7th annual Rutgers Day breaks attendance record
A record-setting total of more than 91,000 students, faculty and community members alike gathered at Rutgers–New Brunswick to celebrate Rutgers Day, a collection of more than 500 academic organizations, social activities and community programs.
Rutgers Day 2015 was a one-day experience showcasing the University’s historic colonial roots as well as its more contemporary offerings by connecting visitors, students and alumni, according to the official Rutgers Day program.
From 10 a.m. to 4 p.m. Saturday, masses of New Jersey locals and out-of-state visitors gathered on the College Avenue, Busch, Cook and Douglass campuses.
With the chance to showcase individual majors, clubs and academic programs, many booths aimed to educate prospective students, along with college first-year students who might not be aware of the University’s offerings.
The event is important because it enables different departments within the University to collaborate and connect in unprecedented ways, said Randi Chmielewski, coordinator for Public Programs and Special Projects at the Eagleton Institute of Politics.
“It’s a great opportunity to connect with students and also to connect with members of the general public,” Chmielewski said. “(We need) to make sure that everyone is aware of all the fantastic programming available.”
The day of programming was targeted to people of all ages — a mix of University students, children and their families, said Taylor Palm, a School of Environmental and Biological Sciences (SEBS) junior.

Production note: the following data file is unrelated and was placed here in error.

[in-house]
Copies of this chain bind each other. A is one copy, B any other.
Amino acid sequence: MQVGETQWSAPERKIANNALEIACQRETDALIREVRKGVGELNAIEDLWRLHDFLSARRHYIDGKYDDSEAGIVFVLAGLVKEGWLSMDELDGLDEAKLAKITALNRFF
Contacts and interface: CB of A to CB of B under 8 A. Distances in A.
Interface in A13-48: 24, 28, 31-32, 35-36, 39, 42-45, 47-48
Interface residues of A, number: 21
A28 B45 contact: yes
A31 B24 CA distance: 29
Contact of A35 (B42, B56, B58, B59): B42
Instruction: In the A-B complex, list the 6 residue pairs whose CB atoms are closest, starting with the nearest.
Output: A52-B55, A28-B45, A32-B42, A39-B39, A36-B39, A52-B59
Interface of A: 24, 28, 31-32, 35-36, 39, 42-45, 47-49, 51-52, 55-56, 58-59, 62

“It’s such a big event,” Palm said. “It’s advertised all over the state and provides great community involvement for the University and the general public.”
For the SEBS Governing Council, Rutgers Day was an important way to connect with community members and raise awareness of their role as delegates for the greater good of the University, said Kaitlyn Mazzilli, a Public Health Representative for the SEBS Governing Council.
“I think it’s just really great to get everybody out and to get everybody to see what exactly is going on and all the clubs,” Mazzilli said. “It’s nice to see that there is a group that is working towards what’s going on with the (University) and caring about the students.”
Alongside Rutgers Day, the 41st annual New Jersey Folk Festival, sponsored by the Department of American Studies, included live music and more than 100 vendors selling ethnic food and an array of handmade crafts on Douglass campus.
In addition these festivities, this year’s Rutgers Day marked the first where it coincided with Alumni Weekend and the 50th anniversary of the Rutgers Class of 1965 graduating class.
Kelly D’Amico, a School of Environmental and Biological Sciences sophomore, said Rutgers Day is her favorite day of the year at the University.
“You get a bunch of alumni and people from the surrounding towns, and everyone comes (together) and encapsulates what Rutgers has to offer,” D’Amico said.
On the Busch campus, attendees were invited to explore science, technology and health fields through interactive games, demonstrations and giveaways.
Diana Mayorga, a School of Engineering junior, said she worked with fellow students to create an interactive tent to promote both the Packaging Engineering concentration and Rutgers Packaging Engineering Society.
Mayorga’s booth hosted three activities — pack it, box it and match it, she said. This allowed children and adults to experiment with packing products and matching pantone colors to packages to win prizes.
“We’ve had around 3,000 people participating in our activities today which is great, because it exposes our field to the whole community,” she said. “(This is) especially (for) high schoolers and college freshmen who are still deciding on a major to pursue.”